On Thursday, Virginia Coach Mike London said his team’s defense is playing “much better” than it did last year, but it still can play better. When the Cavaliers host Southern Mississippi on Saturday, one of the areas in which London will look for the defense to improve is the pass rush.

The Golden Eagles operate a spread offense, and that makes getting to the quarterback more difficult because the passes often come quickly after the snap. Still, Southern Miss has given up seven sacks this season, so it’s not an impossible task by any means.

Success in that area, though, will depend on better execution from Virginia’s pass rushers. Last week at North Carolina, the Cavaliers got into the backfield and chase the quarterback around, but came away with just one sack late in the fourth quarter.

Especially in the first half, Virginia players would cave the pocket only to see North Carolina quarterback Bryn Renner escape up the middle for a decent gain. At halftime, Renner had tallied a team-high 23 yards on three carries.

“We talk about rush lanes and rush landmarks,” London said. “The rush landmark is always the quarterback. The rush lanes are allowed to move sometimes. Blockers will come down and block you and kind of seal you, and so we’ve just got to do a better job of making a combination move back or a spin move or an across the face move to get back to the rush landmark.

“Even though the lane might have moved, there are techniques that we use to get back to the landmark. . . . That’s just a matter of awareness.”

On Saturday, the Cavaliers will be in pursuit of Southern Miss quarterback Austin Davis. So far this season, Davis has carried the ball 25 times and gained 89 yards. He also has lost 54 yards.

While the Golden Eagles often line up in three- and four-wide receiver sets, they split run plays and pass plays nearly 50-50. Southern Miss has had 119 rush attempts and 110 pass attempts through three games. The Golden Eagles average 413.7 total yards per game.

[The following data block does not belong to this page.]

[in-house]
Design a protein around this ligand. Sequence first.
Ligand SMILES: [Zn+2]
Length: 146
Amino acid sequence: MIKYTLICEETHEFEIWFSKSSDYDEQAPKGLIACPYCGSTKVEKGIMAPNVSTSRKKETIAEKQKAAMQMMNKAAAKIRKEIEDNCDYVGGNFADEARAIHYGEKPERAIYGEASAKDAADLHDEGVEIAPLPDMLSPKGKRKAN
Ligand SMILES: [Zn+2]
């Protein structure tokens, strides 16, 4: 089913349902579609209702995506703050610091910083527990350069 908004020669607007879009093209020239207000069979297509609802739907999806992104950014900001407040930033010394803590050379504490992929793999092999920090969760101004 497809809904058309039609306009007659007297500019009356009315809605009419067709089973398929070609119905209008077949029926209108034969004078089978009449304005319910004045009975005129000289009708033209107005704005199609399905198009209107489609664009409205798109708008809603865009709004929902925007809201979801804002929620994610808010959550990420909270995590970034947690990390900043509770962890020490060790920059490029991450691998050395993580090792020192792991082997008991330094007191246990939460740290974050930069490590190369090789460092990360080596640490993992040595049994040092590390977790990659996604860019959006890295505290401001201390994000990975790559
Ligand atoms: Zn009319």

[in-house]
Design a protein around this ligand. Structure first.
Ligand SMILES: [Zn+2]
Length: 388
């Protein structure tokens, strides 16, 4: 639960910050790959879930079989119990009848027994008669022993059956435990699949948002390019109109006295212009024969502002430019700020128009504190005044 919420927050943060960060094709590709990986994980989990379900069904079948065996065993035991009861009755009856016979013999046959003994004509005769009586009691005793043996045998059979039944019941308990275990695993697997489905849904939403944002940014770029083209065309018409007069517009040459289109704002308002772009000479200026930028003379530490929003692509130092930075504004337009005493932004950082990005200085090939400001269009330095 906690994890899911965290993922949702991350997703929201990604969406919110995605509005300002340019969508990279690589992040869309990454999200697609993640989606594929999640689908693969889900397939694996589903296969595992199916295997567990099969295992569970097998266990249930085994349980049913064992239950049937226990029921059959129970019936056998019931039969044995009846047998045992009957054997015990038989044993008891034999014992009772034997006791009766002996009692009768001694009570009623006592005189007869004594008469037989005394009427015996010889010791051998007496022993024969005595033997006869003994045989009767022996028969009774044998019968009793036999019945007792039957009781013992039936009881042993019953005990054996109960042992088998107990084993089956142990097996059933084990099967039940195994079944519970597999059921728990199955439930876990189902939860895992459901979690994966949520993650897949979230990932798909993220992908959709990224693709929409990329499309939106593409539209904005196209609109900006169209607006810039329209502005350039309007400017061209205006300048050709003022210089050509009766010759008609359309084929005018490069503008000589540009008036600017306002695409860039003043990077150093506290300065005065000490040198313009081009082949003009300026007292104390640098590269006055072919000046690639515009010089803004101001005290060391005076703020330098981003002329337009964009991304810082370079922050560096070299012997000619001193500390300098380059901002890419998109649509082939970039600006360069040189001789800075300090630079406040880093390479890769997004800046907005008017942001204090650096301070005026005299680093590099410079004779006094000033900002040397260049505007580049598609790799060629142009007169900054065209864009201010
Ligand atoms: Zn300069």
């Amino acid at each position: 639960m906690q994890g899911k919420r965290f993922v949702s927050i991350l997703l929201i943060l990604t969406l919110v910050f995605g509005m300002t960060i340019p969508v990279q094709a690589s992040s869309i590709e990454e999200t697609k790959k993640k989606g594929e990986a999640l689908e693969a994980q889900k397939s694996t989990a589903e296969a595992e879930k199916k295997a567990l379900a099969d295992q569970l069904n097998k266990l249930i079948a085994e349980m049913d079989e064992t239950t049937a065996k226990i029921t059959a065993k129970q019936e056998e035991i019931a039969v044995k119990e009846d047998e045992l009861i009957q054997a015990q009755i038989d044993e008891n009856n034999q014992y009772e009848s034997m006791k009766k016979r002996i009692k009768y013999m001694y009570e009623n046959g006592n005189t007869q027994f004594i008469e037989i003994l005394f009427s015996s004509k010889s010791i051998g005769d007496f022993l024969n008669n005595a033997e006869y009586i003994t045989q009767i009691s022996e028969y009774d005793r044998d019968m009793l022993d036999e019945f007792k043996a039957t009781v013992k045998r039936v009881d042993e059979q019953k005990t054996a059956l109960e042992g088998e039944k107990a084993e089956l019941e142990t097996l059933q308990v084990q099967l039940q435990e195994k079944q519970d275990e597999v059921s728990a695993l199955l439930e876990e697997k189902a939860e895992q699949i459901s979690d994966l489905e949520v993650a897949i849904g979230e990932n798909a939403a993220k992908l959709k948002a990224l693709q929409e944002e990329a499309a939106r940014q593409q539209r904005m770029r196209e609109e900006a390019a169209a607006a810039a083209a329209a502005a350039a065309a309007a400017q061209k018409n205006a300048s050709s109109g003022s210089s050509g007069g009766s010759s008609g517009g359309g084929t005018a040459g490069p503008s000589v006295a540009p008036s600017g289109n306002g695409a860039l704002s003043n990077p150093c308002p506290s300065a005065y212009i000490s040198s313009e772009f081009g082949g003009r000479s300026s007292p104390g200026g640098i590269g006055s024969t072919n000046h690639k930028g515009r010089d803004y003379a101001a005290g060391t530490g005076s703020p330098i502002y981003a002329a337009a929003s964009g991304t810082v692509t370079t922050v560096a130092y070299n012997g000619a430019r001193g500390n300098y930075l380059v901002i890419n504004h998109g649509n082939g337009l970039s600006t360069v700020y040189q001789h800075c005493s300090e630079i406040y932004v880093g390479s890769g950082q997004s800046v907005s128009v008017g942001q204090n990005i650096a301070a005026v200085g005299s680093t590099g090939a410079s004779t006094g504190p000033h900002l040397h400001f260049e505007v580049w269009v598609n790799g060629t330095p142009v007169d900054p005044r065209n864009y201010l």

London said Virginia will look to vary its defensive looks in an attempt to confuse Davis, bringing pressure from three to six players on most downs. Virginia has tallied five sacks in three games, and its coaches know they need more production than that in order to take some of the pressure off of the team’s defensive backs in coverage.

Showing defensive improvement this week and next (against Idaho) would bode well for the Cavaliers as they prepare to head back into ACC play Oct. 15 against Georgia Tech.

“We’ve learned how to play the techniques,” London said. “Now we’re looking for those guys, like a [senior cornerback] Chase Minnifield, to have a breakout game. He’s going to have one. [Senior defensive end] Cam Johnson, he’s going to have breakout games. And so we’re just looking for everybody to put it together and just start really jelling as a defense overall.”

Speaking of Johnson – the team’s best pass rusher – he did not play for much of the second half against North Carolina after suffering a shoulder injury. When asked Thursday to what extent Johnson would be available against Southern Miss, London said: “Cam will be ready to play on Saturday.”